- 2015 Federal Election
Whether it’s a ding, three boings, a guitar strum, the marimba or crickets, today it seems perfectly normal to have a pocketful of gadgets calling out for our immediate attention – and sometimes all at the same time.
With instant 24/7 access to email, texts, calls and the Internet at our fingertips, most of us believe that being “connected” around the clock increases our productivity and aids in our ability to multi-task.
But not so, according to Dr. Sherrie Bourg Carter, a psychologist in Fort Lauderdale, Fla., who specializes in stress-related concerns. The author of High Octane Women: How Superachievers Can Avoid Burnout says that when “connectivity” is not contained and controlled, it actually reduces productivity.
“We’ve become conditioned to respond to all the bells, dings and whistles as quickly as we can when they go off,” says Bourg Carter. “The pressure that most of us feel to respond to emails within ‘X’ amount of time, which usually is very short, or respond to a text, or answer a cellphone call, adds stress to our lives.
“And goodness forbid if a battery dies on one of our gadgets!”
In short, Bourg Carter explains that while they have brought many good things into our lives, technological advances come with a price: increased stress in lives that she says may have already been stressed to begin with.
Her sentiments are echoed in a recent Cambridge University study, which indicates that nearly a third of the participants felt overwhelmed by technology in their daily lives. However, like any other bad habit, Bourg Carter points out that people have the power to take control of their gadgets and make them work for them, instead of the other way around. Regardless of its source, Bourg Carter says stress causes a wide range of symptoms, which can be broken down into three basic categories:
• Physical: fatigue, headaches, aches and pains, gastrointestinal problems, chest pains, rapid heartbeat, loss of sex drive and/or frequent sickness.
• Behavioural: overeating or undereating, nervous habits (nail biting, tics, etc.), isolating yourself from others, sleeping too much or too little, neglecting responsibilities and/or using alcohol or drugs to relax.
• Psychological: anxiety, depression, poor judgment and/or feelings of helplessness or hopelessness.
“People need breaks,” she said. “Our bodies need time to replenish and recover from all the energy we use up.”
For those feeling the effects of being “overconnected,” Bourg Carter offers the following 12 easy tips to help you unplug and de-stress – while increasing your productivity:
• Admit that you’ve become way too dependent on being constantly connected. While it may sound cliché, the first step to recovering from anything is acknowledging there’s a problem.
• Recognize that you have the power to change, and make a commitment to turn your overconnected life around.
• Make a list of all the ways you’re connected. Include all the gadgets that connect you, but also all the ways that you connect on your gadgets.
• Using this list, highlight the ones that you must keep – such as something you need for work or other responsibilities.
• Using the same list, scratch off the gadgets/websites/apps that you can live without and let them go. This may include selling or getting rid of a device, removing your bookmarks, deleting “favourites” and unsubscribing from unimportant or unnecessary electronic mailing lists.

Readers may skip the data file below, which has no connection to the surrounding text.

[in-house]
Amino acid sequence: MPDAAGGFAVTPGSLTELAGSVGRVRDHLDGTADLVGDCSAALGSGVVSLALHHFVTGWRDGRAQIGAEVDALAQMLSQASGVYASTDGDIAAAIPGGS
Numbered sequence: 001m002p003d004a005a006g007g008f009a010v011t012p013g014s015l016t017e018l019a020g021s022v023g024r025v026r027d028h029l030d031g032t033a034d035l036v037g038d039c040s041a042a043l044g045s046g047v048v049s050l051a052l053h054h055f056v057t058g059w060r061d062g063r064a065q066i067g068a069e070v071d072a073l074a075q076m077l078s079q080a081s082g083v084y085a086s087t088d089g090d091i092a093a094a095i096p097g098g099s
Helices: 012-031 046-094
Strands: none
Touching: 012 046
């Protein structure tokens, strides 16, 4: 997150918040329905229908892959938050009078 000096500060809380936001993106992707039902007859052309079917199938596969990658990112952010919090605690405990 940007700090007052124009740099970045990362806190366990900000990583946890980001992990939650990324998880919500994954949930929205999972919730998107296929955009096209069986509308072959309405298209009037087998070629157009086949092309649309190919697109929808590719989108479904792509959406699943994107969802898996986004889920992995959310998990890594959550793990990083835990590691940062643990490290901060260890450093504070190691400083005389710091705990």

• Pare down your contacts by disconnecting from people you don’t know or don’t know very well.
• Keep a log of how much time you spend on the gadgets/websites/apps that you didn’t scratch off your list. If you’re not using them as much as you thought, reconsider scratching them off your list.
• For the ‘must-have’ items, if possible, turn off all the dings, dongs, beeps and bells that emanate from them (unless, of course, responding immediately to something is part of your job). For those who are instant-communications “addicts,” turning off the alerts may cause a bit of anxiety. However, just think of it as a necessary part of the recovery process!
• If you can’t turn off alerts because they’re a part of your job, speak to your boss (or have a heart-to-heart with yourself if you’re the boss) about expectations regarding how quickly you respond to alerts. If it’s acceptable to respond within an hour, for example, set a schedule in which you check your messages only once an hour. Or set aside a specific amount of time each day to respond to emails. During that time, clean out your inbox as much as possible. The ultimate goal (and challenge) is to have an empty inbox at the end of your allotted email time.
• Plan your time online. Before you go online, make a list of what you need to accomplish, do those things – and then log off! Otherwise, you’re likely to start surfing and get sidetracked.
• When working on a project, turn your IM status to “invisible,” so that all contacts who have your name of their messenger lists see you as offline. Keep it there until you’re finished the task.
• If possible (depending on your job and responsibilities), leave a message on your cellphone advising callers that you will respond to messages between the hours of (fill in the blank). This removes any expectation on the part of the caller that you will respond to them immediately – or even quickly – which gives you better control of your schedule.